I’ve seen concerns expressed about the resolution of the story, but I saw signs of how it would be early in the story, and as the end drew near I realised that it was inevitable.

I’m still thinking about that, thinking about everything that happened, and wondering what happened next.

 

Queens’ Play by Dorothy Dunnett (1964)

This second book of the Lymond Saga opens in 1550, two years after the events described in ‘The Game of Kings’.

Mary of Guise, queen dowager and regent of Scotland is planning a journey to France; to visit her eight-year-old daughter Mary, Queen of Scots, who is being brought up at Henri II’s court as the affianced bride of the Dauphin. She knows that the fate of Scotland is tied up with the fate of its young queen, and her she has been given reason to believe that her child is in danger.

She is right to be concerned.

She knows that there are some very unscrupulous people in and around the French Court and that the English and the Irish in particular would seize any chance to break the alliance between France and Scotland. Queen Mary of England is struggling to contain the Protestant movement and keep her land as a strong Catholic power, and she knows that the alliance will make that more difficult to achieve. The Irish want to end of the English occupation of their country, they need France to help them and they are ready to use any means necessary ….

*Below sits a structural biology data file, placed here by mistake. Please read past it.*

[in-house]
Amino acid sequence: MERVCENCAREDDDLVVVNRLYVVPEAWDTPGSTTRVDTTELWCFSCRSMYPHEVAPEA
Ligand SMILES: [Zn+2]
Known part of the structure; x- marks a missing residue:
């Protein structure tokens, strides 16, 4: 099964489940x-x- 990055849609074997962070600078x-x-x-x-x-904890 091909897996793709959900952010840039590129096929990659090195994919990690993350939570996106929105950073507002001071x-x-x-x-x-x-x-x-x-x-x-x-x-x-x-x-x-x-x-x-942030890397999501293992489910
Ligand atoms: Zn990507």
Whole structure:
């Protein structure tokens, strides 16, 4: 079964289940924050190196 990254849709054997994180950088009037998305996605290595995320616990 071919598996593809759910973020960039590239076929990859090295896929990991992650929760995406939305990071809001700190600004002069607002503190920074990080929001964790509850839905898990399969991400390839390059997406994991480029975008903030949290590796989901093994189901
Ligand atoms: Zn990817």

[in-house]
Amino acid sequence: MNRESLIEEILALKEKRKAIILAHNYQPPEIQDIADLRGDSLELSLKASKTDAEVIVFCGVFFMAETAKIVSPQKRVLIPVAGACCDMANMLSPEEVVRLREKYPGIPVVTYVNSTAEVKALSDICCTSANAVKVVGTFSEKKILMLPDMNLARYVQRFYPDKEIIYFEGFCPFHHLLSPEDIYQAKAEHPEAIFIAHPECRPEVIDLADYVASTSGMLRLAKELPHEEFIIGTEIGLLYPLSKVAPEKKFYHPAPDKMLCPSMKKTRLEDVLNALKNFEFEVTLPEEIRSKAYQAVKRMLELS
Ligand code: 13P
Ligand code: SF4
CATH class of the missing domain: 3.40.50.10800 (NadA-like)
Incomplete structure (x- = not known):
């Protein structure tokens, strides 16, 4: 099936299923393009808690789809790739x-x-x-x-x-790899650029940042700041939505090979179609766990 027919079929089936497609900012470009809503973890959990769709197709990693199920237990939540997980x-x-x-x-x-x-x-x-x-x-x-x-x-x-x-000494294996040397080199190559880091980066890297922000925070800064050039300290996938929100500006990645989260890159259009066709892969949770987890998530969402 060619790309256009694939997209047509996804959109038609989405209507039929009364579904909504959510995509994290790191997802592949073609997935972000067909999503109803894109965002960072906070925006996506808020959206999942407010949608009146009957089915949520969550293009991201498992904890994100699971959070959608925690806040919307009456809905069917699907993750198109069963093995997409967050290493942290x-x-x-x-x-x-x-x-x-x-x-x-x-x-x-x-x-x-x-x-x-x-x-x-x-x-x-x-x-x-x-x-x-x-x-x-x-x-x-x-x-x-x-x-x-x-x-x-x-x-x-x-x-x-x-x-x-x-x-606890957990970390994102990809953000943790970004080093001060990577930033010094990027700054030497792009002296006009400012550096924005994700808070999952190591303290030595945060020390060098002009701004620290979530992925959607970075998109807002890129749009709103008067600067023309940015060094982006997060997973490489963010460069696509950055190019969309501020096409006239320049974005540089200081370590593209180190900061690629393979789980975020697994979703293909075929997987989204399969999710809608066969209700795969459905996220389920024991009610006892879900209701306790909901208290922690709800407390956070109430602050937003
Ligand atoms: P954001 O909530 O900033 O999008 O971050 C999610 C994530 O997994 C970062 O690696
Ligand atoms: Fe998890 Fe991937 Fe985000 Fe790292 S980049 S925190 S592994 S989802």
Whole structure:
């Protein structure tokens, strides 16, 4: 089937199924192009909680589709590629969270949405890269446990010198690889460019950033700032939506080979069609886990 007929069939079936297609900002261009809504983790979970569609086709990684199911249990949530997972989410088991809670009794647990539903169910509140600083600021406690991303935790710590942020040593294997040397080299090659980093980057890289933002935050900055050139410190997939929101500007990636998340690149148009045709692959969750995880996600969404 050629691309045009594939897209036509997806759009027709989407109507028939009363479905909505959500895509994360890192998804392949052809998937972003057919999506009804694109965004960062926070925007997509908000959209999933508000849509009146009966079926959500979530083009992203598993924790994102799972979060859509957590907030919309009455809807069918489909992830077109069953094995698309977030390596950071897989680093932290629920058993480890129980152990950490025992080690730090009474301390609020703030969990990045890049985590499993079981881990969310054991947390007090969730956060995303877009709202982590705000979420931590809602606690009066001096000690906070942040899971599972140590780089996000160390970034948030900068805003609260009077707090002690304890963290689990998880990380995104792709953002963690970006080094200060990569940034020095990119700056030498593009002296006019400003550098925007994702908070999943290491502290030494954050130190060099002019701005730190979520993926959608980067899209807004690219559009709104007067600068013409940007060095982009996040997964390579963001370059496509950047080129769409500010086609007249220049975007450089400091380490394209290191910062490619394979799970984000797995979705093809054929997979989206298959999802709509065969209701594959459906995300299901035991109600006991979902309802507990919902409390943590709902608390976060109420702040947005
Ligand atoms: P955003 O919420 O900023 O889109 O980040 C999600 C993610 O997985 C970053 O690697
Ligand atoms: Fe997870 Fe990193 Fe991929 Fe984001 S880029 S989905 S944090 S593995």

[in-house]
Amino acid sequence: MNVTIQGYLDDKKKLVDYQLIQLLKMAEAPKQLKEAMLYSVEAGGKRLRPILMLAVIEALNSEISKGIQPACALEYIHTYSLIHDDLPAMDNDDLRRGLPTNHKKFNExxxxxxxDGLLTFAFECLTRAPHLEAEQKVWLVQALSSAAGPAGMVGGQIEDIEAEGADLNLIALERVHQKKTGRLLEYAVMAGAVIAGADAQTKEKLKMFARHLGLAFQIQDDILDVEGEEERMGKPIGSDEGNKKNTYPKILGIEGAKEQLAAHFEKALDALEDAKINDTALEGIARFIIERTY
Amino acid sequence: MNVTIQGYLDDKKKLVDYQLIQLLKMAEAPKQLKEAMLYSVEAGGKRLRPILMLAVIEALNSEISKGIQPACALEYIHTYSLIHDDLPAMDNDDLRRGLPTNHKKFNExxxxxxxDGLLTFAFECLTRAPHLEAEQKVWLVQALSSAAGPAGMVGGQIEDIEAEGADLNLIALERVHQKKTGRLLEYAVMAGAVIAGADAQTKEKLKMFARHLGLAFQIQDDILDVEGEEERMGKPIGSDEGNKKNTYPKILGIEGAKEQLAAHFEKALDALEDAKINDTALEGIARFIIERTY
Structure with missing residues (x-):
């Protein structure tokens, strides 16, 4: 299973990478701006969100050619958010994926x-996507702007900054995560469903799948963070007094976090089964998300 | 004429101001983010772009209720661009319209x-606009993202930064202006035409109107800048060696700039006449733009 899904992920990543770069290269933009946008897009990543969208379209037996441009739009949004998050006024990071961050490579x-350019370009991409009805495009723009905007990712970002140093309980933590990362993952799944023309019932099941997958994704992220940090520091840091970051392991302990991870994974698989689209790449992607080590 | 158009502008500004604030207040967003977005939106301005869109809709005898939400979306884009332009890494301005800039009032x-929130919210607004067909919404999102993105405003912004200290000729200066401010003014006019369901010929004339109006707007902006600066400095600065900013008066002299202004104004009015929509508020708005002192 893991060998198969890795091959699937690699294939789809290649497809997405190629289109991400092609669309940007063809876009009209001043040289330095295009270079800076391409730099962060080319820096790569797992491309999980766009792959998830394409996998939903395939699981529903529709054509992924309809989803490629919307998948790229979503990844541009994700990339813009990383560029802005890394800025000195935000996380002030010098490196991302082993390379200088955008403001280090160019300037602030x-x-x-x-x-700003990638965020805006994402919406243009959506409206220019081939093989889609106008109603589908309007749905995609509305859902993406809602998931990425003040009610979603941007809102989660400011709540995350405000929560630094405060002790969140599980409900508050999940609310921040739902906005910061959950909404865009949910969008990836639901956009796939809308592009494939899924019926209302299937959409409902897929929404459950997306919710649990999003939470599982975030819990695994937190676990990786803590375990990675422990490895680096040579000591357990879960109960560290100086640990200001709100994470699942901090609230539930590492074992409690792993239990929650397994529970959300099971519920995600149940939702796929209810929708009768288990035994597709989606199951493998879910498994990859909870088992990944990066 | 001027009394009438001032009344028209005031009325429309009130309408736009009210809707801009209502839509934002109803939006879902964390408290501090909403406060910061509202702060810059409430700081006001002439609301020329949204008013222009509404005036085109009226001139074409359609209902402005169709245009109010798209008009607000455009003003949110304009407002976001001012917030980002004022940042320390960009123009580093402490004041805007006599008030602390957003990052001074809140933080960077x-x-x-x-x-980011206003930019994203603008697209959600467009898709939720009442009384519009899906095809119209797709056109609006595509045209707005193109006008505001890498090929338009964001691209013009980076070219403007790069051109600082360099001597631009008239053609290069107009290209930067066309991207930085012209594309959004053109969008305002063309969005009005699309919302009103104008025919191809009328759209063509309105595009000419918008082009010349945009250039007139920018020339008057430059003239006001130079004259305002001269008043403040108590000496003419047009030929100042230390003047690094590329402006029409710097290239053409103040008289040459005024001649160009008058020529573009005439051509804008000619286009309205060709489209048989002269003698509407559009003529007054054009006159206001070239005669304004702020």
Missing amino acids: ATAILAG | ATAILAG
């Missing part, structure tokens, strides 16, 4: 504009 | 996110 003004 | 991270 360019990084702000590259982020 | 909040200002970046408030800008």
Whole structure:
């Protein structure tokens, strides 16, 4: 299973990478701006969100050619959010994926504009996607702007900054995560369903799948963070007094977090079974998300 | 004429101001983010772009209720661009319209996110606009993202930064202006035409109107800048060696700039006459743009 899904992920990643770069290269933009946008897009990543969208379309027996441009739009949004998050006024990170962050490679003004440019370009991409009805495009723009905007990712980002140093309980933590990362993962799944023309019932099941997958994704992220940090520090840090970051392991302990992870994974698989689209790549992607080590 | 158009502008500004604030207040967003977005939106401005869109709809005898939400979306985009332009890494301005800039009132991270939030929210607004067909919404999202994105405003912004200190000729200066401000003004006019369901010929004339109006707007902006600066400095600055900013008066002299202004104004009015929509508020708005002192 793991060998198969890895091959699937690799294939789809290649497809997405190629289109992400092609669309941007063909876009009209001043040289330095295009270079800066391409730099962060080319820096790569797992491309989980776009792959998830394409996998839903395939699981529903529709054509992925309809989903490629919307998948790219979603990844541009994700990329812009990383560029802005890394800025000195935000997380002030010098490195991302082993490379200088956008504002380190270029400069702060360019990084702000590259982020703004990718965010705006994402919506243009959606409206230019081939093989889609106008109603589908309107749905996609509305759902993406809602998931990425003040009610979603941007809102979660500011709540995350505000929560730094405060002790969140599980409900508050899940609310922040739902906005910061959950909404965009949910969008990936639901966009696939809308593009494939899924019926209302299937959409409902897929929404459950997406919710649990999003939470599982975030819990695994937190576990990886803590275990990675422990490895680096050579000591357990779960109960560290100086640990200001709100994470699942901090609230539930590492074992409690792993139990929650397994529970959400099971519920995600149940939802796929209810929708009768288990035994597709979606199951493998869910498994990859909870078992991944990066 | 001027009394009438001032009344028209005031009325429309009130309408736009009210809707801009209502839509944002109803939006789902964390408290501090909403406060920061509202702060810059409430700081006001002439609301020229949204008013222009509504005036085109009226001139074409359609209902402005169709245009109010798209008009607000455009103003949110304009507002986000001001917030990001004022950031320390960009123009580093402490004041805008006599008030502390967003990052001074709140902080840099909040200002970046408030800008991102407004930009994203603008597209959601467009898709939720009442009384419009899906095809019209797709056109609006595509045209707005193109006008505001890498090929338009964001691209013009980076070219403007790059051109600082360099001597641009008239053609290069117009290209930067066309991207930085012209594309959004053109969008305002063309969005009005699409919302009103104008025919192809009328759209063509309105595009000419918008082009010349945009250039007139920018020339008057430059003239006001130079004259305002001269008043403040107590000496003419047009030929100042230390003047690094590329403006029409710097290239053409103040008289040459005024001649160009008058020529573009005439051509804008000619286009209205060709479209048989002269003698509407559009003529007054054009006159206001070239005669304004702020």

Francis Crawford of Lymond, newly restored to favour, is the man that the queen dowager wants to accompany her to France, and to uncover any plots against the little Queen. Her advisers counsel against that, they warn her that he would not agree, that he was not biddable, that he would too recognizable to the French; but she is quite certain that he is the best man for the job and she agrees to his terms – that he may carry out the job as he sees fit.

Given such a charge, most men would travel discreetly, live quietly, and observe the court from the sidelines; but that is not Lymond’s way. He sets about winning a place at the very centre of the court, hiding in plain sight,  and putting himself in a position influence people and events – and to reveal the machinations of all of the interested parties. It was intriguing to watch as  Lymond stepped into and between fraught political alliances and schemes, knowing that any one of them could pose a threat to Queen Mary’s life – and that the slightest misstep could herald the end of his own life.

I found the difference in scale and perspective interesting when I compared this book with ‘The Game of Kings.’ On one hand this book was concerned with greater matters – affairs of state and the future of countries rather than one man’s future –  but on the other hand it felt smaller and more enclosed, in the confines of the court rather than moving freely and at will.